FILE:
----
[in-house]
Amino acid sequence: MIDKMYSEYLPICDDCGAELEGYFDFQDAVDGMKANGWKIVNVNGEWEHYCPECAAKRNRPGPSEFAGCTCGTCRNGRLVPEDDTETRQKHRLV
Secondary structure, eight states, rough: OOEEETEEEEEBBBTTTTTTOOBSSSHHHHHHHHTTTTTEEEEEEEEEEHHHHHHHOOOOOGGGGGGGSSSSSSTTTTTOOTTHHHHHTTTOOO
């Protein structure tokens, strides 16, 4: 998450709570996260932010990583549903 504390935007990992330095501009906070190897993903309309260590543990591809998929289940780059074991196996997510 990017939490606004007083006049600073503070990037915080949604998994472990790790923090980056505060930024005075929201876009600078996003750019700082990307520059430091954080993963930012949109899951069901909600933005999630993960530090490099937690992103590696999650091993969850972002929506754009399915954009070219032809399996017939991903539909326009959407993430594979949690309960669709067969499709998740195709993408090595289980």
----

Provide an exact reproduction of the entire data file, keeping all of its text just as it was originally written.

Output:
[in-house]
Amino acid sequence: MIDKMYSEYLPICDDCGAELEGYFDFQDAVDGMKANGWKIVNVNGEWEHYCPECAAKRNRPGPSEFAGCTCGTCRNGRLVPEDDTETRQKHRLV
Secondary structure, eight states, rough: OOEEETEEEEEBBBTTTTTTOOBSSSHHHHHHHHTTTTTEEEEEEEEEEHHHHHHHOOOOOGGGGGGGSSSSSSTTTTTOOTTHHHHHTTTOOO
């Protein structure tokens, strides 16, 4: 998450709570996260932010990583549903 504390935007990992330095501009906070190897993903309309260590543990591809998929289940780059074991196996997510 990017939490606004007083006049600073503070990037915080949604998994472990790790923090980056505060930024005075929201876009600078996003750019700082990307520059430091954080993963930012949109899951069901909600933005999630993960530090490099937690992103590696999650091993969850972002929506754009399915954009070219032809399996017939991903539909326009959407993430594979949690309960669709067969499709998740195709993408090595289980």